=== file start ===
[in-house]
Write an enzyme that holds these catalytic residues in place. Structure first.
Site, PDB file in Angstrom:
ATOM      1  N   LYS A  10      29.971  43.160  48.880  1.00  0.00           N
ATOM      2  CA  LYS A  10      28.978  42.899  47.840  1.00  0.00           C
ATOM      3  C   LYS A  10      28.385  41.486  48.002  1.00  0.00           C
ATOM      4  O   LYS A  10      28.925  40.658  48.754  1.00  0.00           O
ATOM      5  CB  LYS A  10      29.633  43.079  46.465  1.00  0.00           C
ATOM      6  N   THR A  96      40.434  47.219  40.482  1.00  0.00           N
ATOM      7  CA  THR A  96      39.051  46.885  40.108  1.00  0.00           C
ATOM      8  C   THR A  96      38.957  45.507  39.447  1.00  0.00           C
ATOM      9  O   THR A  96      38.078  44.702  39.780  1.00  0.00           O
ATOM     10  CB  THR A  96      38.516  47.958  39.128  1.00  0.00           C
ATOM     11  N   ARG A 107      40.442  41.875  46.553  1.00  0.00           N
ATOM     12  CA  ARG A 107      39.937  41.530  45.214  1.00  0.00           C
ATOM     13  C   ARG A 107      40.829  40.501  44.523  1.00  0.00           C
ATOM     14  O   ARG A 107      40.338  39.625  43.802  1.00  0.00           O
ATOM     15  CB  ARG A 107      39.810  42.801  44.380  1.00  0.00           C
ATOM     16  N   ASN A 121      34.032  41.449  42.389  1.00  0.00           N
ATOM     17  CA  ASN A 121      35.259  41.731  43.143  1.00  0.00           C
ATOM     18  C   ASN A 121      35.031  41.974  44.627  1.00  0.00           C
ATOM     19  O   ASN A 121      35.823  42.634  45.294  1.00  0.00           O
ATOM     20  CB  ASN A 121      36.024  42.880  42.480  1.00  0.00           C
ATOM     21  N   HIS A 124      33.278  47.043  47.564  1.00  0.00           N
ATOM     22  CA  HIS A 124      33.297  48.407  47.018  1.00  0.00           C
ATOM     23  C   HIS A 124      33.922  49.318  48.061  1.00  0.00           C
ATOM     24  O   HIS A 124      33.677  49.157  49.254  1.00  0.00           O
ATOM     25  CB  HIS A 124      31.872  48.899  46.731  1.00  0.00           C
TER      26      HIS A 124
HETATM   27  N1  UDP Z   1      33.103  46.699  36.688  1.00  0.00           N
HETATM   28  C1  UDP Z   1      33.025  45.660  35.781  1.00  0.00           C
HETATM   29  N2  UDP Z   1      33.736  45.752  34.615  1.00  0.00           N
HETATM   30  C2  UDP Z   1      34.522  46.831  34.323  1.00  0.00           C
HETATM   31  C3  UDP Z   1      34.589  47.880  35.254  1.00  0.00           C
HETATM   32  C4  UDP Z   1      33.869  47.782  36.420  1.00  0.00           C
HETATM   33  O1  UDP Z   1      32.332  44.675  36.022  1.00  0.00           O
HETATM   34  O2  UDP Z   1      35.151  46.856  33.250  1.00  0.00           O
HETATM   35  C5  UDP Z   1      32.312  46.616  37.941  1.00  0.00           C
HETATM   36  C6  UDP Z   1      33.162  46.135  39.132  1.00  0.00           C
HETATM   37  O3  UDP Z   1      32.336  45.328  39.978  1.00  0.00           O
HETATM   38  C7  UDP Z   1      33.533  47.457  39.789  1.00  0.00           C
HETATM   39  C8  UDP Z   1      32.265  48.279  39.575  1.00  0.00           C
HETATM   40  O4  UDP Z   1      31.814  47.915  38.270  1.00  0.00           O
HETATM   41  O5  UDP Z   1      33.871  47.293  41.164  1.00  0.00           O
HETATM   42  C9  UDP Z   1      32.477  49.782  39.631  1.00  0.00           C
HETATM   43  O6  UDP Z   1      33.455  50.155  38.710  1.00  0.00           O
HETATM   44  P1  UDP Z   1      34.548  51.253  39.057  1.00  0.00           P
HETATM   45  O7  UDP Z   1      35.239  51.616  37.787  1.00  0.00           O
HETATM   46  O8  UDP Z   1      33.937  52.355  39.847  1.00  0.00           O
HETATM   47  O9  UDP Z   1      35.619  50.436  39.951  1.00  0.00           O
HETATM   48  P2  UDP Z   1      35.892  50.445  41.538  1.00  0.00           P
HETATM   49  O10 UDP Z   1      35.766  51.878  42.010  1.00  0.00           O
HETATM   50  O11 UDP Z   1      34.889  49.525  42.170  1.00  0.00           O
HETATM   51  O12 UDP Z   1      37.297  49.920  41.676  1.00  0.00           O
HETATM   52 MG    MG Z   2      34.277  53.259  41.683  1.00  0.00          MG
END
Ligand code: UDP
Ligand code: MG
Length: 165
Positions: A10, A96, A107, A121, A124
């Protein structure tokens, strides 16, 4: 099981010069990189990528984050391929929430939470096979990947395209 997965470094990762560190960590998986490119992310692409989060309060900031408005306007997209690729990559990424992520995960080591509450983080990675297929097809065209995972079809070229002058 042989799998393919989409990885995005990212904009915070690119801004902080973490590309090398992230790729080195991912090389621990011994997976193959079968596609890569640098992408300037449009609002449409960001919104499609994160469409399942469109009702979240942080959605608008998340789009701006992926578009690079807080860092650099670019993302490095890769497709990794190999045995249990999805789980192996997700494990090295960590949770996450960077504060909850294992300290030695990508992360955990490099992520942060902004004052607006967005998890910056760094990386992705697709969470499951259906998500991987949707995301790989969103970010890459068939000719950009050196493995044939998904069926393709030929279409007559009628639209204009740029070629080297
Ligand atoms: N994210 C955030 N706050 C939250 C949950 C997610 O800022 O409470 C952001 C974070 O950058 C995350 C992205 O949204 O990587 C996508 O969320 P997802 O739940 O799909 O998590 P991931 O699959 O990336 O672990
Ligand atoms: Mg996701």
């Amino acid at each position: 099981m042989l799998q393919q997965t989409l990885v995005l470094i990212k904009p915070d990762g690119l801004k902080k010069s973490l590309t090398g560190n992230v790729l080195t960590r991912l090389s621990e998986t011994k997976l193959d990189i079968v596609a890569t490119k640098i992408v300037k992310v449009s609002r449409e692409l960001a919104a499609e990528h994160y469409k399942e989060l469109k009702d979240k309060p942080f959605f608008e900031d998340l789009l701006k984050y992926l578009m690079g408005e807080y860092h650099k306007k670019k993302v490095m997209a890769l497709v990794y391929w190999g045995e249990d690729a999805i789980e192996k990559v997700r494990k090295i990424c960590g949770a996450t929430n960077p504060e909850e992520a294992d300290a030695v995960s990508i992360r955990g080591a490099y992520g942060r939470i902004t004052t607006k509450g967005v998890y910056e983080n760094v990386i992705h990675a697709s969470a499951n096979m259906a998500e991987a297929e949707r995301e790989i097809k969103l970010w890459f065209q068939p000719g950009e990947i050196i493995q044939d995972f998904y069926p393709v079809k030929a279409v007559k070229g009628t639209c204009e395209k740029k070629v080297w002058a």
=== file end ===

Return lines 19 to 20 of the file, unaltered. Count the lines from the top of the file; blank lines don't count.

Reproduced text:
ATOM     16  N   ASN A 121      34.032  41.449  42.389  1.00  0.00           N
ATOM     17  CA  ASN A 121      35.259  41.731  43.143  1.00  0.00           C